– SPRAY FOAM FLASH AND BATT – our methods for tighter insulation

 

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The basic Flash and Batt method 1″ of closed cell spray foam with fiberglass batts installed on top

Closed cell spray foam is probably the best way to insulate a house since it not only seals all air gaps but the closed cell also stops moisture migration, reducing conductive heat loss. However, spray foam is also the most expensive insulation. G_space uses a flash and batt technique to gain the efficiency of spray foam without the cost. Applying a 3/4″ -1″ coat of closed cell spray foam to the outside of the insulation cavity with Fiberglass batt insulation filling the rest of the insulation cavity, allows the batt insulation to be much more effective since the air infiltration gaps that always occur with Batt insulation (greatly reducing its average R value) are stopped.

G_space is committed to building the highest level of energy efficiency in building envelopes that our clients’ budgets allow. While alternative energy sources like solar, wind, geothermal, ect, are wonderful, a building should first retain the heat generated with a high performance envelope. (Stop the patient’s bleeding before giving a blood transfusion 🙂  ) We utilize rain screens, insulated sheathing assemblies, spray foam sealing, green roofs, insulated protected roofing membrane assemblies, Passive house techniques, and other methods to achieve the highest practical R value. Achieving these R values may relieve the need for such expensive alternative energy sources.  Here are some of out methods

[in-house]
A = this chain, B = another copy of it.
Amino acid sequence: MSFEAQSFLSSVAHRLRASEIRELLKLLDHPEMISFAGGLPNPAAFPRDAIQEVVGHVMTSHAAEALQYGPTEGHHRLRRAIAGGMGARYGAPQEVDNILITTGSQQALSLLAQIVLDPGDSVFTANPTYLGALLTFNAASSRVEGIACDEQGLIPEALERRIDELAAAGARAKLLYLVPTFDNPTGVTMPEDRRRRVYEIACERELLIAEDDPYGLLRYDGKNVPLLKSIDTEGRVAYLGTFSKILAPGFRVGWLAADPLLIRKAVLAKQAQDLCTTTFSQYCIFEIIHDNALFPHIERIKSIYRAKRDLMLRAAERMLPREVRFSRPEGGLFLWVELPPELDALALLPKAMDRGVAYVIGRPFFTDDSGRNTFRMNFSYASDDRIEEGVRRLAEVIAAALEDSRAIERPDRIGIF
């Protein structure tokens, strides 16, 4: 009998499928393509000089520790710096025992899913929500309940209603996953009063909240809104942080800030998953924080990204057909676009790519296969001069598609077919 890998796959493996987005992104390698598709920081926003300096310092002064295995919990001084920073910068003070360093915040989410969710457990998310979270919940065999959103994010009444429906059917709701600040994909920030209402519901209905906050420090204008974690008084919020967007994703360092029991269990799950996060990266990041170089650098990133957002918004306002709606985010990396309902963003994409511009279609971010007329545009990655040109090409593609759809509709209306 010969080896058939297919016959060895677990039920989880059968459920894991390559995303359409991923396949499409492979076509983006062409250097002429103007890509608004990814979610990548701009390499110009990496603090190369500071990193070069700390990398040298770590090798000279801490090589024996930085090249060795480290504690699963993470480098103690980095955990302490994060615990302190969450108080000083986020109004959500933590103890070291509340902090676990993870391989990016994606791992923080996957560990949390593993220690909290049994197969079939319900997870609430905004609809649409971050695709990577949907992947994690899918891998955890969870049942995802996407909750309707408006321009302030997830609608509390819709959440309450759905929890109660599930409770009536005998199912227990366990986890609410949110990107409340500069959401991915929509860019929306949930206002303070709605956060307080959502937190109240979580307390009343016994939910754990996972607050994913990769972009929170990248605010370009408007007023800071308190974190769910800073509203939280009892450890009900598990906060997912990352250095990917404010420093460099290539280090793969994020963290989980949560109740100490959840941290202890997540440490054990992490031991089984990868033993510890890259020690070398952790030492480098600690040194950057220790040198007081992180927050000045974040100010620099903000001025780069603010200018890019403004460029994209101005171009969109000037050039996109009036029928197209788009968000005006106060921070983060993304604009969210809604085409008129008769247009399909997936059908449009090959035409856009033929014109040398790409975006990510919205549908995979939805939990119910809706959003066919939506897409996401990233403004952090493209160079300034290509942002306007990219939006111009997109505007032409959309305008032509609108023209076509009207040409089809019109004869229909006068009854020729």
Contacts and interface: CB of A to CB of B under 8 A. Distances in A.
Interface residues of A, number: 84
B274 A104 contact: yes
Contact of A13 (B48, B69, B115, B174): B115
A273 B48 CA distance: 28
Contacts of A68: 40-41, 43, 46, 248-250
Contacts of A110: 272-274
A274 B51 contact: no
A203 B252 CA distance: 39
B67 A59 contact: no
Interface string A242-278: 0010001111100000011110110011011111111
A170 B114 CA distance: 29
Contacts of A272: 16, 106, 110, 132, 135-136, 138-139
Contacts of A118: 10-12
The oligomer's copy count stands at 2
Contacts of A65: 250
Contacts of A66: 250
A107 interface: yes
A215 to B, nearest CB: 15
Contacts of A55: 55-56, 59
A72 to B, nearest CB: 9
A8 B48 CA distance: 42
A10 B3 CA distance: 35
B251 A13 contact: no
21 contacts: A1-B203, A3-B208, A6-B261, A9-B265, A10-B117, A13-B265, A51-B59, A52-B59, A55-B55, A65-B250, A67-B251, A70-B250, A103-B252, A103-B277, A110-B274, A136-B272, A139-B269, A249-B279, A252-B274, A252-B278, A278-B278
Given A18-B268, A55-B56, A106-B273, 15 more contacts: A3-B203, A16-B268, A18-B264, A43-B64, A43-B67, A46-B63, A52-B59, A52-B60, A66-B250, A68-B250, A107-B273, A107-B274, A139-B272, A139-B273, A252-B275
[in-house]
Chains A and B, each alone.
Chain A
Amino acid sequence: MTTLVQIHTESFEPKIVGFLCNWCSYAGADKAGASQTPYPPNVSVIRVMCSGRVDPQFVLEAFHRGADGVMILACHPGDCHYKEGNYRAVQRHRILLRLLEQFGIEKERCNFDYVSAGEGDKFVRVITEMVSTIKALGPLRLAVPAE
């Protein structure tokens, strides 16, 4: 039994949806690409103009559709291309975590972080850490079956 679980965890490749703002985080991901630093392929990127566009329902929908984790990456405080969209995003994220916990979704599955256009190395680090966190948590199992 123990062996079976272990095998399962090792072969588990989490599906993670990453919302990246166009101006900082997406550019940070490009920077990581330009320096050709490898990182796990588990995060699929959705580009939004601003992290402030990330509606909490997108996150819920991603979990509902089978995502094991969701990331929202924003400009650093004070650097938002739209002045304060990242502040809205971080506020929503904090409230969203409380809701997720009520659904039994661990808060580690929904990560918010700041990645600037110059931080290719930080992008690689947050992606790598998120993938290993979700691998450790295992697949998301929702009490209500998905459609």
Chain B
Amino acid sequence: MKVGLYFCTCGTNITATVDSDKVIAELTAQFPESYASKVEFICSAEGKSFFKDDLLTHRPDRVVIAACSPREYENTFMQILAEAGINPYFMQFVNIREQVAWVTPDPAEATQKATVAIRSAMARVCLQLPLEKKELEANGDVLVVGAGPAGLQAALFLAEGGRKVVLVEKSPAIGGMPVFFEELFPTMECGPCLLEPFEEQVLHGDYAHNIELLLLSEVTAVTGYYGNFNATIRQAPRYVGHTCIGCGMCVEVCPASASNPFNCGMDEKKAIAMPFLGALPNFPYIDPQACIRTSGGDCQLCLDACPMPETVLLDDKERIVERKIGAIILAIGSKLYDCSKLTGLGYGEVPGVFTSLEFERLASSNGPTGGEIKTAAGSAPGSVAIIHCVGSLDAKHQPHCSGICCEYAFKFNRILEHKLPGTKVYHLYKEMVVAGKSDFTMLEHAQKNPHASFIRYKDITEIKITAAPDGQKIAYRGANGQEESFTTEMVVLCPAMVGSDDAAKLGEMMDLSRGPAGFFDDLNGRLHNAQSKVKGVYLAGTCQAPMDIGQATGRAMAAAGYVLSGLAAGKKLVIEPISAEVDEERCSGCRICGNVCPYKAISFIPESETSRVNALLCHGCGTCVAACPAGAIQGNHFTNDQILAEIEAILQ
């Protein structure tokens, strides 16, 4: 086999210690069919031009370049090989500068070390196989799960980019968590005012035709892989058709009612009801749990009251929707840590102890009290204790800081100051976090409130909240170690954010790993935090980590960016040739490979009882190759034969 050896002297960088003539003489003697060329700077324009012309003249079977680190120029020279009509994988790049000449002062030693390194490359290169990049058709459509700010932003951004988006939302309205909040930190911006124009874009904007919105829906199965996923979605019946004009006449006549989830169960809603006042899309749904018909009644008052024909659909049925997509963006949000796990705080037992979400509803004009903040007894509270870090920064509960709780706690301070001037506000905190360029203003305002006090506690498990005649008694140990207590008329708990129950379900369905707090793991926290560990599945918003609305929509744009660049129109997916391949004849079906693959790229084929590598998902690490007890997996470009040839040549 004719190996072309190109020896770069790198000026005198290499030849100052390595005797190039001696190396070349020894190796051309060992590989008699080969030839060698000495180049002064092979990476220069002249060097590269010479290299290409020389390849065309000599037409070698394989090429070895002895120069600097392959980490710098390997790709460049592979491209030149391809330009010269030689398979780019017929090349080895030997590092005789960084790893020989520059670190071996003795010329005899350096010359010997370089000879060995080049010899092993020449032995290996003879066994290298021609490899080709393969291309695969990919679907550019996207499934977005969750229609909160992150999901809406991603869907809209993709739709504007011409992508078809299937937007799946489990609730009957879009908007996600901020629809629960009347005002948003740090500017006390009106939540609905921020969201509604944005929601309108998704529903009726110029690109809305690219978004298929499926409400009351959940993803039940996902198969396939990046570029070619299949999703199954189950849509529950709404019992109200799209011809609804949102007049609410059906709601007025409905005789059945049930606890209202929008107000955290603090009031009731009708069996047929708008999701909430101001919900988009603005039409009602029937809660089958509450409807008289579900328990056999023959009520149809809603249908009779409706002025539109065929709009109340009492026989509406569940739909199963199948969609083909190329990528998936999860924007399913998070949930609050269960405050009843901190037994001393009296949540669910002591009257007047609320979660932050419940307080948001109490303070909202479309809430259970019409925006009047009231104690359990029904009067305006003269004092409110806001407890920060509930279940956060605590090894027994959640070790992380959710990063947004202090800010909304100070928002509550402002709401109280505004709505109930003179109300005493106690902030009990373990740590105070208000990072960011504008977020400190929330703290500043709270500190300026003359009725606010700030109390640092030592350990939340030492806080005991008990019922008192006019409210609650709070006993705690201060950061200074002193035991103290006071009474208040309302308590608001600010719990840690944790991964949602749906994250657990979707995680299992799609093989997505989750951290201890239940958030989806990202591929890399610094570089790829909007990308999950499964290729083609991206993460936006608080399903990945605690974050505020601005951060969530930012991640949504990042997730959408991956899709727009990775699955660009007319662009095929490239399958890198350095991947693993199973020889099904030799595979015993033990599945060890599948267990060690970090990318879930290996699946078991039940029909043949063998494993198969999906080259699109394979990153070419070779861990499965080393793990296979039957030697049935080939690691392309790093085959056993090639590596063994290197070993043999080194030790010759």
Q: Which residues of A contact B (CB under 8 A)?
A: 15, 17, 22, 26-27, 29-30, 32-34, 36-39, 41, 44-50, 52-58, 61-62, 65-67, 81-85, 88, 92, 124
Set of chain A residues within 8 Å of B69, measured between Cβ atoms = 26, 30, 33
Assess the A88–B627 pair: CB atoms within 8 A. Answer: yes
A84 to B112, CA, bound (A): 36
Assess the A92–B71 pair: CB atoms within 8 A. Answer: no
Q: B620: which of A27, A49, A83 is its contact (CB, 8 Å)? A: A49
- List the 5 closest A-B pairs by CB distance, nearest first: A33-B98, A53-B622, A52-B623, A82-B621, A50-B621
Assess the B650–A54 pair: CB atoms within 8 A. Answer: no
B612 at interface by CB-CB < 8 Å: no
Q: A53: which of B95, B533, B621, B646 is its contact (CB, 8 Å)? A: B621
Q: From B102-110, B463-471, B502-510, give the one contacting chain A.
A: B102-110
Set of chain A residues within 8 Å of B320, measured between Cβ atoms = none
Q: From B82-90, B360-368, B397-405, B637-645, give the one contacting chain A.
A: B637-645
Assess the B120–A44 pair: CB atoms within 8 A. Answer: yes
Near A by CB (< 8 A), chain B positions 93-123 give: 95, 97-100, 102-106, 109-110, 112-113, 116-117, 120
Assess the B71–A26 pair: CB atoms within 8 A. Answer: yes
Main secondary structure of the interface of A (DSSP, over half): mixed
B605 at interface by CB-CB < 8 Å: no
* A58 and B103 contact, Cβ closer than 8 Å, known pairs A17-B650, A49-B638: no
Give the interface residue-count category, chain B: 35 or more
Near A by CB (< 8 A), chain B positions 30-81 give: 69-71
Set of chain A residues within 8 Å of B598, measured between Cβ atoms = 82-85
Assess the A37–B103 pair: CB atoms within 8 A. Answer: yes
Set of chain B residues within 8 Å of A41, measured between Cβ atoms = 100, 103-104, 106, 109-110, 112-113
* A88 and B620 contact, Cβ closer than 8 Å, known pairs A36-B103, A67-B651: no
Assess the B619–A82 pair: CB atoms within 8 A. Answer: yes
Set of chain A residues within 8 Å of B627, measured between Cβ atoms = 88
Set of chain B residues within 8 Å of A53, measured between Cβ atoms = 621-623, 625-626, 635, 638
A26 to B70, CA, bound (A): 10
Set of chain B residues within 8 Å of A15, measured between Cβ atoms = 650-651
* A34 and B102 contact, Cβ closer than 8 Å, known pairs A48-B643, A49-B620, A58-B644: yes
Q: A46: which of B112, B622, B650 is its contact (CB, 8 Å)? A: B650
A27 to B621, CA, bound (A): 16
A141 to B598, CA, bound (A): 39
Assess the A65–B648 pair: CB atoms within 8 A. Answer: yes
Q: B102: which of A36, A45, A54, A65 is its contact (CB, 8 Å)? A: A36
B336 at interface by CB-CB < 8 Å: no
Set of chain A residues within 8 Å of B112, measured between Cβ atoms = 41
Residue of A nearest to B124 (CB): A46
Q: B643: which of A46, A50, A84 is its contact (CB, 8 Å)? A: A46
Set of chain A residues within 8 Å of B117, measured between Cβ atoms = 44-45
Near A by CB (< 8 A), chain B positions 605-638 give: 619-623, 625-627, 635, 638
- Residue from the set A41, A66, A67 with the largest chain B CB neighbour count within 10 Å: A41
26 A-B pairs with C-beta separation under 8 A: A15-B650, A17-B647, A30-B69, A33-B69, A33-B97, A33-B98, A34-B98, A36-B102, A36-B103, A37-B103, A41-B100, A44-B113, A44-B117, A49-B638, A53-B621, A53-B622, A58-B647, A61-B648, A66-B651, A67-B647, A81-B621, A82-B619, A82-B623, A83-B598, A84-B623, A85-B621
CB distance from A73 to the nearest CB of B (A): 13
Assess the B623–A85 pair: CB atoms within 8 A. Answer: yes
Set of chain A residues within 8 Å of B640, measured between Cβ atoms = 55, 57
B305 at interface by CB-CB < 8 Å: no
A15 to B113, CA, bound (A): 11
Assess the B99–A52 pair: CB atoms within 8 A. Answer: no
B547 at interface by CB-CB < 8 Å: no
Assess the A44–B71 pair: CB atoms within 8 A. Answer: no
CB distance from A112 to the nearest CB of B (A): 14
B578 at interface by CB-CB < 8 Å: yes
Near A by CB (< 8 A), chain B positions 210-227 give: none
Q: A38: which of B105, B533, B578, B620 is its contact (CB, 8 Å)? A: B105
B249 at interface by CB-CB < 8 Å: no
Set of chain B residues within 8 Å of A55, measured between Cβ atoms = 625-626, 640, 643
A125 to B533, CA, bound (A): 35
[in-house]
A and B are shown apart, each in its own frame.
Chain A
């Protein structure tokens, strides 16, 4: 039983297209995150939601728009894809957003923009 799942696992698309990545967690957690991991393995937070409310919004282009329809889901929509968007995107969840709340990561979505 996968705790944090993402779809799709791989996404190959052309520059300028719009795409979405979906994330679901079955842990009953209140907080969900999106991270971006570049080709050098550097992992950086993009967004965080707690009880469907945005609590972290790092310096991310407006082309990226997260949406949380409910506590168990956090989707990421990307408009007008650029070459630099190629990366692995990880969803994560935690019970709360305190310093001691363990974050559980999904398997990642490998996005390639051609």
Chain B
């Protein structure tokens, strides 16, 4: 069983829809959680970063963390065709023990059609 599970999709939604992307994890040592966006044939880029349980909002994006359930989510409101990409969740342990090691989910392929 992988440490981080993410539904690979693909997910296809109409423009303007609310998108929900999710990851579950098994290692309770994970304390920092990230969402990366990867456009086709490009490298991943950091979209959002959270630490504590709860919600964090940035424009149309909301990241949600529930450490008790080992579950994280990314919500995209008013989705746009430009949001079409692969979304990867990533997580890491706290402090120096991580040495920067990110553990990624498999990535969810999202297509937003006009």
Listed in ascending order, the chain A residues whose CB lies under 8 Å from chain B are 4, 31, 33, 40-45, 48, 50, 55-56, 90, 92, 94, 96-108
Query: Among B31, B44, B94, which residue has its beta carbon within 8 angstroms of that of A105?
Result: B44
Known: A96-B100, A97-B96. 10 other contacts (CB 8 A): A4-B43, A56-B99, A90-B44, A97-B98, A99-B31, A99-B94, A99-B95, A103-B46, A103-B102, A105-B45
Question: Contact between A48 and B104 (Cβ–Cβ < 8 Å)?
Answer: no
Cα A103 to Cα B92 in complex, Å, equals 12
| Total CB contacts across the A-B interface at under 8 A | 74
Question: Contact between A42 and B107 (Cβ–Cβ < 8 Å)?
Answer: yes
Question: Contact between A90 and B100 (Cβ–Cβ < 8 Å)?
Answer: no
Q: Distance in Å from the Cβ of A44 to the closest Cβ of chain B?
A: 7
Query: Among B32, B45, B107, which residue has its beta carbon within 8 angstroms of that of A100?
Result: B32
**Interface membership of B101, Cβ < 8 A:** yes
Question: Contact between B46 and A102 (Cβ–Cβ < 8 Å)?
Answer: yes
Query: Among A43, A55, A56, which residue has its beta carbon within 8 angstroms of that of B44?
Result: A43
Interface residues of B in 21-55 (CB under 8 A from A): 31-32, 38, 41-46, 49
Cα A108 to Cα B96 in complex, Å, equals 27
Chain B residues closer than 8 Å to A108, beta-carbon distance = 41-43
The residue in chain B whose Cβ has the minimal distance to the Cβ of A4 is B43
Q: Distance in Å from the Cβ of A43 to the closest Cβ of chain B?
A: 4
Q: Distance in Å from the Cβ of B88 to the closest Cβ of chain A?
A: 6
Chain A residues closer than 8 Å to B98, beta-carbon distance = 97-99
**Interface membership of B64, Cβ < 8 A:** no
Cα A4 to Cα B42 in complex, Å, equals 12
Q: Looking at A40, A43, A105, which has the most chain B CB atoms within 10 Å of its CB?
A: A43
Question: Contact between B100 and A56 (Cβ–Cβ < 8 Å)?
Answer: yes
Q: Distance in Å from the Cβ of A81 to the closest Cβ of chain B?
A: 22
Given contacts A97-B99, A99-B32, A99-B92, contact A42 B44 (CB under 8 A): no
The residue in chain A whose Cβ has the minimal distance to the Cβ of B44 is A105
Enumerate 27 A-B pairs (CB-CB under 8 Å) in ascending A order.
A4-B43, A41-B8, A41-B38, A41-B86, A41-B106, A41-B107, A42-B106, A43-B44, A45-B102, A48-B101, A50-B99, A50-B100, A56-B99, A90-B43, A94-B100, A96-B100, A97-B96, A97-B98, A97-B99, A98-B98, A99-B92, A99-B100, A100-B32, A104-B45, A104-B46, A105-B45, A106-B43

foam-IMG_1607For even greater cost savings we used left over scrapes of 1″ rigid board insulation loosely applied to the back of wall sheathing, then spray foamed the edges and joints. This allows the expensive tanks of spray foam to stretch further in covering exterior walls.

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Here a metal stud walls built with 4″ studs on 12″ oc staggered inside and outside to a 6″ thickness. The outer stud is encased in spray foam to reduce the heat conduction issue associated with metal studs. The inner cavity will be filled with fiberglass batt

 

When foam is used in a roof / ceiling assembly, the ventilation space above the batt insulation is not needed, since migrating moisture vapor never reaches the cold outside surface and is stopped by the vapor barrier effect of the closed cell.

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Here the old double width brick walls, so common in Philadelphia where G_space does many building renovations, when furred out with studs, the fiberglass batt insulation is very ineffective since air infiltrates the old brick and moisture migrates thru the brick conducting heat. Spray foaming the brick first with closed cell foam dramatically increases the overall R value of this type assembly.

 

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Finally, a simple retro fit insulation technique is to add a continuous layer of rigid foam board over existing drywall, then install a new drywall over the insulation with longer screws. We like to use a minimum of 2″ thickness for the foil faced rigid board. This creates an air barrier and increases R value without the mess of demolition of the existing wall finishes. Also 1/2″ or 3/4″ insulation board is added to the sides of window openings to reduce heat loss in the vulnerable areas.

G_space is committed to building the highest level of energy efficiency in building envelopes that our clients’ budgets allow. While alternative energy sources like solar, wind, geothermal, ect, are wonderful, a building should first retain the heat generated with a high performance envelope. (Stop the patient’s bleeding before giving a blood transfusion 🙂 We utilize rain screens, insulated sheathing assemblies, spray foam sealing, green roofs, insulated protected roofing membrane assemblies, Passive house techniques, and other methods to achieve the highest practical R value. Achieving these R values may relieve the need for such expensive alternative energy sources.

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